Support is requested for a Keystone Symposia conference entitled B Cell-T Cell Interactions, organized by Drs. Gabriel D. Victora and Carola G. Vinuesa. The conference will be held in Keystone, Colorado from February 10-14, 2019. B cell-T cell interactions bring about the maturation and production of high affinity antibodies and are key to the establishment of effective humoral immunity. While this greatly enhances our ability to fight pathogens, it also can lead to the development of allergies and autoimmune disease. While recent years have seen a burst in our understanding of how B cell-T cell interactions drive antibody affinity maturation, a number of gaps remain, including how these interactions influence the differentiation of B cells into effector fates and how they limit the emergence of autoreactive B cell clones. Most importantly, from the vaccine standpoint, it is likely that better understanding of how T cell help shapes the B cell repertoire will allow us to better control the specificity of vaccine-induced immune responses.
The aim of this Keystone symposium will be to: (1) Present the most recent advances in the basic biology of the T cell-dependent B cell response, focusing on Tfh development and function and B cell activation and differentiation; (2) address the gap in our understanding the differentiation of B cells into post-activation (memory and plasma cell) fates; (3) discuss how furthering our understanding of B cell-T cell interactions can inform vaccine development; and (4) present recent findings regarding the role of T- cell dependent B cell response in allergy and autoimmunity.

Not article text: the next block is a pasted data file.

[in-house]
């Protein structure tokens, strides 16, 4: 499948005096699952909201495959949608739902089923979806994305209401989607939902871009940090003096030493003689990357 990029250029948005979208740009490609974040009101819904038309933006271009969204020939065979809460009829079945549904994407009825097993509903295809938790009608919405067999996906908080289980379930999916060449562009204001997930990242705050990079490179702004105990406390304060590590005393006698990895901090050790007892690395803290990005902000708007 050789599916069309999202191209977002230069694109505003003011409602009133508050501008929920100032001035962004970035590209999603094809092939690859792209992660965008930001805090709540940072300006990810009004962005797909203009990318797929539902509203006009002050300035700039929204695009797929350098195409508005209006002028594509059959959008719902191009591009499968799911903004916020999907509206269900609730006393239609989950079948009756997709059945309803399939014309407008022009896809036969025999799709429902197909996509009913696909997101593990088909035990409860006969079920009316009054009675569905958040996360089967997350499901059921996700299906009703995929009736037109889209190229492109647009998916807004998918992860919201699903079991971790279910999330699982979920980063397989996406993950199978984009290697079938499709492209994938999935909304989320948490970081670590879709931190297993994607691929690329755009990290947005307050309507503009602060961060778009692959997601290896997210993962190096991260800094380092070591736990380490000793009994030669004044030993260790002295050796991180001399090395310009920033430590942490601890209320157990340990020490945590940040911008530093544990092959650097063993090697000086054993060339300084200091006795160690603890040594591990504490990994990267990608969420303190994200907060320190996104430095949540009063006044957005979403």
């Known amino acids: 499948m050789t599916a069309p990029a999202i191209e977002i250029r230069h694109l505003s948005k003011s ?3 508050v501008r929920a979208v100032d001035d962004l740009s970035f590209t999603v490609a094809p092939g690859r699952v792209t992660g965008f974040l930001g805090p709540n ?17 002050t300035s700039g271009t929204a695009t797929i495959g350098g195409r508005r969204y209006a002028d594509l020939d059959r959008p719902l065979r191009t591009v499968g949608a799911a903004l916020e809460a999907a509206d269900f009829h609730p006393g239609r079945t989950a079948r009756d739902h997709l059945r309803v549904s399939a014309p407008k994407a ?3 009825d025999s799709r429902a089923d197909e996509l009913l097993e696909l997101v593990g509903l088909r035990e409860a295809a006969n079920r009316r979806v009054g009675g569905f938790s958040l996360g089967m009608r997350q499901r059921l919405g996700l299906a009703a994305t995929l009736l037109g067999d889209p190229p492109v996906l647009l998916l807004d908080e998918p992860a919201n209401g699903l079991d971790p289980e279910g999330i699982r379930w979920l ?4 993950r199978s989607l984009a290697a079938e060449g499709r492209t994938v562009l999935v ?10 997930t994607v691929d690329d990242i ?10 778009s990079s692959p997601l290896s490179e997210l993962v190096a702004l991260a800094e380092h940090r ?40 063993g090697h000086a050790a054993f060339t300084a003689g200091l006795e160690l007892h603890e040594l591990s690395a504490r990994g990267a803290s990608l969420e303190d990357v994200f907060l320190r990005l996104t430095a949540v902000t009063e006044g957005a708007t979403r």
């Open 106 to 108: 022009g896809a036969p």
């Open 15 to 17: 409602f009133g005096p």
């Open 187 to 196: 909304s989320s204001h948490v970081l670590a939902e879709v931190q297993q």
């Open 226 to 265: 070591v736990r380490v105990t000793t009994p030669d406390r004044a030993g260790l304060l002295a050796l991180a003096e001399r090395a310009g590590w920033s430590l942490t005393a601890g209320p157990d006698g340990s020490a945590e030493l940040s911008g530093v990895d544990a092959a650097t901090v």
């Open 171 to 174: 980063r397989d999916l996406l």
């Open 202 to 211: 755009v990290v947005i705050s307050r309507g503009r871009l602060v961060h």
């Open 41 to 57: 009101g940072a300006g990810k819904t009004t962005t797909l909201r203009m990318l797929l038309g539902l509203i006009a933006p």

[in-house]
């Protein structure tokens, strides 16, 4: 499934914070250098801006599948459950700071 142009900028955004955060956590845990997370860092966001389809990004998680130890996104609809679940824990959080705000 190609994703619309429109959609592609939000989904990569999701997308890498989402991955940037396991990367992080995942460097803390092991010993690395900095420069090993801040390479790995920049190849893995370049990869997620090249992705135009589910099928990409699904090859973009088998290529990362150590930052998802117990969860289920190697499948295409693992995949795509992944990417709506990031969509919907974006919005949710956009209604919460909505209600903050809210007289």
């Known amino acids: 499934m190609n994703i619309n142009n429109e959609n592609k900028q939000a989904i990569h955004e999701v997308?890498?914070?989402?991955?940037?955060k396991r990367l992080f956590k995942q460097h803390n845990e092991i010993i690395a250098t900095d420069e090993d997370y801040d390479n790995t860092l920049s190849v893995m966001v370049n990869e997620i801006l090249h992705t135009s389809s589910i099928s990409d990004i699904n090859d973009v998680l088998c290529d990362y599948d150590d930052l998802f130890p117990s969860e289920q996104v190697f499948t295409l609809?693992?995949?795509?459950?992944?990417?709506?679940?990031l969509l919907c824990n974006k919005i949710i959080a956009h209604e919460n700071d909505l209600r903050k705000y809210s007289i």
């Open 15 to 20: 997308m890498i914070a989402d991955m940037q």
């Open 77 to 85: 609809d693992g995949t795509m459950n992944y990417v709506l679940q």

Public Health Relevance

The success of practically all existing vaccines relies on T cell help to B cells; dysregulation of T cell help can lead to autoimmune diseases, immunodeficiency, and a range of cancers. The last two years have seen paradigm-shifting discoveries of novel modes of antibody diversification that turn out to be key in protection against malaria, and the realization that broadly neutralizing antibodies that protect against HIV in humans can be generated in the laboratory and may provide a way to protect at-risk populations. This is one of the most exciting times in the history of T:B cell biology and the current meeting will provide a much needed opportunity to reflect upon and discuss the broader significance and applications of such discoveries.

National Institute of Health (NIH)
National Institute of Allergy and Infectious Diseases (NIAID)
Conference (R13)
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Special Emphasis Panel (ZAI1)
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Miller, Lara R
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Keystone Symposia
United States
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